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Category: Case Studies
Date 21-jan-2003
Case Title The Influence of Atlas Therapy on Tinnitus
Author Bernd B. Kaute
Main Condition/ Disease  Hearing Disorders - Tinnitus
Source International Tinnitus Journal 1998;4(2):165-167
Abstract As quoted: “We present the abstract and thoughts of an outsider on the proprioceptive input of the posterior small cervical muscles to the brainstem as a source of tinnitus. After treatment of whiplash injuries and other muscular conditions with Arlen’s atlas therapy, some patients reported that their tinnitus had abated with the muscular tensions. Atlas therapy has been proven to slacken the muscles and seems to quieten to normal levels afferent impulses to the brainstem. This has been proven to apply to nystagmus. We sought to determine whether it has the same affect on some forms of tinnitus.”
Summary In this paper Kaute describes the application of Arlen’s atlas therapy [1-3], which he states “has the clinical effect of slackening to normal…. all tense muscles in the neck and back.” He utilises a high velocity low amplitude impulse to the wing (or transverse process) of the atlas (C1) and concludes that this type of ‘therapy’ “influences the brainstem.”Kaute’s pilot study was conducted on 11 patients with 7 experiencing complete normalization of vestibular disturbances, 3 improved and one did not. His conclusions are that Arlen’s therapy had the affect of reducing tension in the cervical muscles and “lowers their afferences to the brainstem.” Further he states “Irritating these posterior cervical muscles and placing them under tension must precipitate a great afferent input to the vestibular nuclei in the brainstem.” Kaute also states “Arlen’s therapy has had no untoward incidents, as have occurred with chirotherapeutic manipulations.”Kaute presents a hypothesis for tinnitus which suggests that whiplash induced tinnitus results from an “overflow of information to the brainstem… from one or more senses” and “can lead to symptoms that mimic disorders of the neural structures, such as dizziness, nausea, vomiting, nystagmus, blurred vision, and tinnitus.”Kaute goes on to conclude that atlas therapy is helpful when tinnitus is due to muscular tensions in the neck as a result of whiplash type incidents and when the ‘therapy’ is applied quickly (within a “therapeutic window”) and administered properly.Arlen and Kaute are to be applauded for their efforts. Essentially, however I think that their work confirms the great work chiropractors have been doing for decades, especially that of B.J. Palmer and today’s upper cervical ‘specific’ chiropractors. Interestingly Kaute suggests that Arlen’s method “does not re-position the atlas, as is attempted by chiropractors”, however given my research and my own personal experiences I find this fact hard to accept. A head injury or whiplash injury will, in my well-researched opinion, in many cases result in a shift of the skull on the atlas and it is necessary to re-position the atlas in order to restore correct articulation between the occiput and atlas. This is what reduces the tension on not only the cervical muscles but also on the muscles of mastication. If Arlen’s method is not re-positioning the atlas, what is it doing? I’m certain that if Kaute was to carry them out, specific pre and post upper cervical X-rays as performed by specialist upper cervical chiropractors will confirm re-positioning of the atlas.Also, as far as I’m aware there have been no untoward incidents from the tens of thousands of cervical adjustments carried out using ‘specific’ upper cervical chiropractic techniques, which today remain overwhelmingly gentle and non-invasive. For example, Dr. Roy Sweat’s atlas orthogonal approach utilises a sound or percussion wave (impulse) in the adjustment, which is so gentle you feel absolutely nothing. Further, there have been thousands of people relieved of tinnitus through upper cervical chiropractic corrections. Many people have been relieved of tinnitus many years, and sometimes decades after the onset of tinnitus, which suggests a “therapeutic window” of opportunity is not necessarily correct.My conclusion from the reading of this paper is that Arlen and Kaute are only performing what chiropractors have been doing for many years. Further research into upper cervical chiropractic will confirm this.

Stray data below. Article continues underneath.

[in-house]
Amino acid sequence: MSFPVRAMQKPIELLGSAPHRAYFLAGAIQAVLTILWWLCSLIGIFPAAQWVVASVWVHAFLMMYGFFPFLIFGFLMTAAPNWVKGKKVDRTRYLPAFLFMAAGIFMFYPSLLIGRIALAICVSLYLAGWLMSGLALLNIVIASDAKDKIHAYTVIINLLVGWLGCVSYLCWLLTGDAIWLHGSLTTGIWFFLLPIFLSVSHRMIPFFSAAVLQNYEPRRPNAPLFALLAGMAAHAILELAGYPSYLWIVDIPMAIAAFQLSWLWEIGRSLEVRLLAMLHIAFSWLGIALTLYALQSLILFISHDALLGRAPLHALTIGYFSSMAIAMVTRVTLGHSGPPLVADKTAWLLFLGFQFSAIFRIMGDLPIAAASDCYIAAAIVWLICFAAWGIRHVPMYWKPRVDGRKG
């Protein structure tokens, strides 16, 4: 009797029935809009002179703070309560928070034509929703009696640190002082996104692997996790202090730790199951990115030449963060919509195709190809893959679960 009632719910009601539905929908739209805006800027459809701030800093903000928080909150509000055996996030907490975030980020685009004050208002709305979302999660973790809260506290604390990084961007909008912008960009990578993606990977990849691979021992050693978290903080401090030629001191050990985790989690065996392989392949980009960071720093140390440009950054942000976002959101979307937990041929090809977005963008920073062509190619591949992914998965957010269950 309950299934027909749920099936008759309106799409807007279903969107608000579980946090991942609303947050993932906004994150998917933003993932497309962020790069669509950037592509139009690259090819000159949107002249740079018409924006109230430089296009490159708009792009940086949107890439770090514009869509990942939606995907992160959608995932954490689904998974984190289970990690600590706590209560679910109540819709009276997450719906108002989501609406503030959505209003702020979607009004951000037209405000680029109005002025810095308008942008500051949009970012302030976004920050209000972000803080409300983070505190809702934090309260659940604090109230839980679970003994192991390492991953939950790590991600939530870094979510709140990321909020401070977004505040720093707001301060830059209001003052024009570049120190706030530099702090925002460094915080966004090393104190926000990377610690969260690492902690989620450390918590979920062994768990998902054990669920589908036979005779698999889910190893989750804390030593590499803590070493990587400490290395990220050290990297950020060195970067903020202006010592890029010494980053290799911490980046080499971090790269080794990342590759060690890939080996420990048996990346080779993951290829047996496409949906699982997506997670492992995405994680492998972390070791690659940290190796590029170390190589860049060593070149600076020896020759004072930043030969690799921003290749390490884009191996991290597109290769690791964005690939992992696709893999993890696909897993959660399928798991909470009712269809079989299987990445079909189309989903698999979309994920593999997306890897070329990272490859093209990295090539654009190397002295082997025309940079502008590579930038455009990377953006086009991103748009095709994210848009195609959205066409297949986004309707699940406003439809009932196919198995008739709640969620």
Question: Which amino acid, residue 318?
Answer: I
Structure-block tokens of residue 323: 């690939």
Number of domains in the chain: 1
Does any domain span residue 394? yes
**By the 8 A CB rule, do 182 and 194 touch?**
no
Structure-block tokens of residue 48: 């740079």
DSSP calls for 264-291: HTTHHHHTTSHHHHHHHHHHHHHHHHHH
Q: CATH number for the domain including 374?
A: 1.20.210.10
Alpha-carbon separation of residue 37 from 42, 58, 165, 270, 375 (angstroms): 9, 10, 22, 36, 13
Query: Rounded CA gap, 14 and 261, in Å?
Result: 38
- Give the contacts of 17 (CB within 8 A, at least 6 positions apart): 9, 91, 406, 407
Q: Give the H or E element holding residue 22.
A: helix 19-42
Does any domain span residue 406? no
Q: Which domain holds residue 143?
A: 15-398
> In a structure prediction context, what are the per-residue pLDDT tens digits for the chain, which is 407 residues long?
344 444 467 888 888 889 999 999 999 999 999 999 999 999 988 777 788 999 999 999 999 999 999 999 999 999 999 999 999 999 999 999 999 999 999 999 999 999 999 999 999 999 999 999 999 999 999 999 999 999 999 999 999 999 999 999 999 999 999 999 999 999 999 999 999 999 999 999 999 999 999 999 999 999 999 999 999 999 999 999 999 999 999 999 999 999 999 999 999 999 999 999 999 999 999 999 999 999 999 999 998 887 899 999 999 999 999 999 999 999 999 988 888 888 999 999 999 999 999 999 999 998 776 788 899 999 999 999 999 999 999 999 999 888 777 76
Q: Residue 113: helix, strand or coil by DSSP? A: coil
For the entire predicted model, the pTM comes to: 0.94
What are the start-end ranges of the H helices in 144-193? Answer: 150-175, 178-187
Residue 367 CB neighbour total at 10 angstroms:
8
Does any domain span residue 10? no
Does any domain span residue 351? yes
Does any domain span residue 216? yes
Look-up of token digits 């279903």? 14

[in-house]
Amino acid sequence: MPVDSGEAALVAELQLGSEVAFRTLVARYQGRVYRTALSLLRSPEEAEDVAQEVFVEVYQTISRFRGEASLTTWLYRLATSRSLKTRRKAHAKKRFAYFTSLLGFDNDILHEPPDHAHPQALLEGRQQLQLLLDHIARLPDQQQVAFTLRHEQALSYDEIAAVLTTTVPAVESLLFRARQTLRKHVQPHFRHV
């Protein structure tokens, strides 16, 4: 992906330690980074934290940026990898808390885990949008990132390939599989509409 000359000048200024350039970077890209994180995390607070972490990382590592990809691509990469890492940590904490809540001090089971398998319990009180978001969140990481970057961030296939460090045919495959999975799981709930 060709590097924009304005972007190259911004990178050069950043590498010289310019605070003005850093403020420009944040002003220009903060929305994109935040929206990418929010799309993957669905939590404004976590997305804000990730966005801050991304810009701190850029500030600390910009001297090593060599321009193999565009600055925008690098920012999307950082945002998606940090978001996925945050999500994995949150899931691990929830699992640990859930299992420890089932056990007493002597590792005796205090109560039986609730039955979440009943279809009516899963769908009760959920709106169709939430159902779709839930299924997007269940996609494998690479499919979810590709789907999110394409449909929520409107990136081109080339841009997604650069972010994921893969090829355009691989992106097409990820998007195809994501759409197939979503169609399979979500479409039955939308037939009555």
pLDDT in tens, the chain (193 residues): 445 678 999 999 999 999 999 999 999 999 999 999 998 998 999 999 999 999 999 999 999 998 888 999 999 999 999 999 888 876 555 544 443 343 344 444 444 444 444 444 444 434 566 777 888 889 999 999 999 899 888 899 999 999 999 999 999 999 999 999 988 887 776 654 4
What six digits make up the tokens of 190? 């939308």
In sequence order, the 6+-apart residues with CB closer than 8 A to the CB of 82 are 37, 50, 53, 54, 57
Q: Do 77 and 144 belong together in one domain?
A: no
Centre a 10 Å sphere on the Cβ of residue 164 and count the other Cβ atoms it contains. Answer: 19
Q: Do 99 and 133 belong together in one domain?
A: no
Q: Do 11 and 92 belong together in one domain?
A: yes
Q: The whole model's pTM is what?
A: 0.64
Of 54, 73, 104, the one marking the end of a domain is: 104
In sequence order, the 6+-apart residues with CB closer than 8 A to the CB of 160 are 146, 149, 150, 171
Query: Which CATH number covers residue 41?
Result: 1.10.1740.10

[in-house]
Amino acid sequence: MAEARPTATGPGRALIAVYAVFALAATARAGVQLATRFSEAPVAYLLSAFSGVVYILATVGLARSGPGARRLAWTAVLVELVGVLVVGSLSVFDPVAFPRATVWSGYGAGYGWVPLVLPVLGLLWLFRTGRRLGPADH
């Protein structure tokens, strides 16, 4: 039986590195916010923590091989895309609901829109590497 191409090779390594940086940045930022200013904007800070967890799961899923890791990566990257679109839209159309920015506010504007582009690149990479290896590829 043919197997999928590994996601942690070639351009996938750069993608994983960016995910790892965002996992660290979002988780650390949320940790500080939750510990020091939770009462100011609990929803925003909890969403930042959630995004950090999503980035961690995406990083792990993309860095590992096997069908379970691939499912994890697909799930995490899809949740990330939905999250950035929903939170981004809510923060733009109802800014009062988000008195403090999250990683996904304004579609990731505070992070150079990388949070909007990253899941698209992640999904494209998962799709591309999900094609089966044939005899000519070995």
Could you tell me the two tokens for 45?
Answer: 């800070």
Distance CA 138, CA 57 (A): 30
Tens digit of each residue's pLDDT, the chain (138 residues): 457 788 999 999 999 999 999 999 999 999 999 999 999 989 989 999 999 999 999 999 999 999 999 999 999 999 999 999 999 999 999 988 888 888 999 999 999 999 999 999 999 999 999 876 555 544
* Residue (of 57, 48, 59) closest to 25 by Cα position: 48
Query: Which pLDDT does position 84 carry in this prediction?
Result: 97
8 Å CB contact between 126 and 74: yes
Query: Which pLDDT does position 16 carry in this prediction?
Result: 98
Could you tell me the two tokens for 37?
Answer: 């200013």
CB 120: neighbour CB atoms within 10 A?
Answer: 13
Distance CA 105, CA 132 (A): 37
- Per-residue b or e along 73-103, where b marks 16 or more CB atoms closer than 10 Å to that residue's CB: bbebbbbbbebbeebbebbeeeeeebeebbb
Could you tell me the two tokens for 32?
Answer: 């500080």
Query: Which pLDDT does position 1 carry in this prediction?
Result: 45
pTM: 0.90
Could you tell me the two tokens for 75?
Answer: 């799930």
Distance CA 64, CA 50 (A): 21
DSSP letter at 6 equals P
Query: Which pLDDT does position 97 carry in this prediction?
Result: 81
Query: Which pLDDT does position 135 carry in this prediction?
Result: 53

References 1. Arlen A. Metameric Medicin and Atlastherapie. In JK Paterson, L Burn, Backpain, Kluwer, 212-2262. Arlen A, Godefroy GB. Reversible Veränderungen der Hirnstamm-potentiale nach Atlastherapie. Neuroothopädie Hohmann, Kϋgelgen, Liebig: Springer 1985:189-1973. Lohse-Busch H, Krämer M Atlastherapie nach Arlen (heutiger Stand). Manuelle Medizin 28:153-156, 19944. Sherrington CS. Decerebrate rigidity and reflex-coordination of movements. J Physiol 18975. Claussen CF, Kaute B, Schneider D. Neurootologische Veränderungen bei HWS Traumapatienten vor undnach Atlastherapie. Springer, 1997:189-1976. Neuhuber WL, Bankoul S. Der Halsteil des Gleichgewichtsapparats-Verbindung zervikaler Rezeptoren zu vestibulariskernen. Manuelle Medizin 30:53-57, 1992.7. Shulman A. A final common pathway for tinnitus – The medial temporal lobe system. Int Tinnitus J 1(2):115-126, 1995.
Keywords Tinnitus, atlas, brainstem, cervical spine

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